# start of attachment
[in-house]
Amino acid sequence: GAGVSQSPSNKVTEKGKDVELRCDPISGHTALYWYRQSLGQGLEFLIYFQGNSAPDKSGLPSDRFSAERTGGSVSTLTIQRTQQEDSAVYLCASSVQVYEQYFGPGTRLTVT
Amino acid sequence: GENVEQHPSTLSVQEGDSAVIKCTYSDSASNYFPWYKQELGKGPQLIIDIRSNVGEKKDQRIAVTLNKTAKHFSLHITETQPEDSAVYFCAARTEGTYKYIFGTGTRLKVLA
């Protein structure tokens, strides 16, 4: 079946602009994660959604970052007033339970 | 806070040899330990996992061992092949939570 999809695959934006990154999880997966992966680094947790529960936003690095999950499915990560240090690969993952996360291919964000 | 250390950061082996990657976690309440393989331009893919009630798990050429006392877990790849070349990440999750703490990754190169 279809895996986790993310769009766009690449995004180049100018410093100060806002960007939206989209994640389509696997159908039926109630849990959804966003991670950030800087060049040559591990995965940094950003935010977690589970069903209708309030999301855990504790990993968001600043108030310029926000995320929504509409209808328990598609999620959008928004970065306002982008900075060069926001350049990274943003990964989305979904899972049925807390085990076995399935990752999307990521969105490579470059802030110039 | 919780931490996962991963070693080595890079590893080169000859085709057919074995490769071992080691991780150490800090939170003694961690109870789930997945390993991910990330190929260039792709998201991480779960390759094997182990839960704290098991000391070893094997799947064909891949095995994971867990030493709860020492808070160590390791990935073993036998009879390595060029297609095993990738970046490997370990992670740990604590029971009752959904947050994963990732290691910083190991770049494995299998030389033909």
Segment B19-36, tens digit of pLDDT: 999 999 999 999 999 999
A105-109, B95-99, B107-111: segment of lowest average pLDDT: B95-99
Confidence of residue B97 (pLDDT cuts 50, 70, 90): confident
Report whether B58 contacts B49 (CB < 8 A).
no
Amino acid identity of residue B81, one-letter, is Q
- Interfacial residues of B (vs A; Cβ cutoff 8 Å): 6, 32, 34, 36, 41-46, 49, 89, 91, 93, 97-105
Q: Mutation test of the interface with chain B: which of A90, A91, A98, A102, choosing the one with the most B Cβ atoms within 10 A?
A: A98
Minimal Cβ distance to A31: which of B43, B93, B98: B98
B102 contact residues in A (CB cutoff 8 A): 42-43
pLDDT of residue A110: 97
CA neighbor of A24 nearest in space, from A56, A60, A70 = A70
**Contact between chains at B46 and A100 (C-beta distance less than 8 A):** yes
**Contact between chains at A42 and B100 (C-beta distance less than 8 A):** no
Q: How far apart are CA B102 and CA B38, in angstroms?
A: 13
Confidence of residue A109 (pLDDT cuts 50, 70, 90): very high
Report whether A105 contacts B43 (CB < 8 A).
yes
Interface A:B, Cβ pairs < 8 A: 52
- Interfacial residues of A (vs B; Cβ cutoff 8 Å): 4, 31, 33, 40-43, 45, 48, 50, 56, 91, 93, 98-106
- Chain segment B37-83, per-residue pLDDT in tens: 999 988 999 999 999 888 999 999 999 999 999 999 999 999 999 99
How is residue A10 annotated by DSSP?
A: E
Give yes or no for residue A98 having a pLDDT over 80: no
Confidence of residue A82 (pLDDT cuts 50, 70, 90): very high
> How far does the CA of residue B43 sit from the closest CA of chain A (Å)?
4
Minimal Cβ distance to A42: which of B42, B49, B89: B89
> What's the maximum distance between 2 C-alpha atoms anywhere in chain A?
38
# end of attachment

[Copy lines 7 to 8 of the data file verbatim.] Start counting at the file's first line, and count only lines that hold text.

Confidence of residue B97 (pLDDT cuts 50, 70, 90): confident
Report whether B58 contacts B49 (CB < 8 A).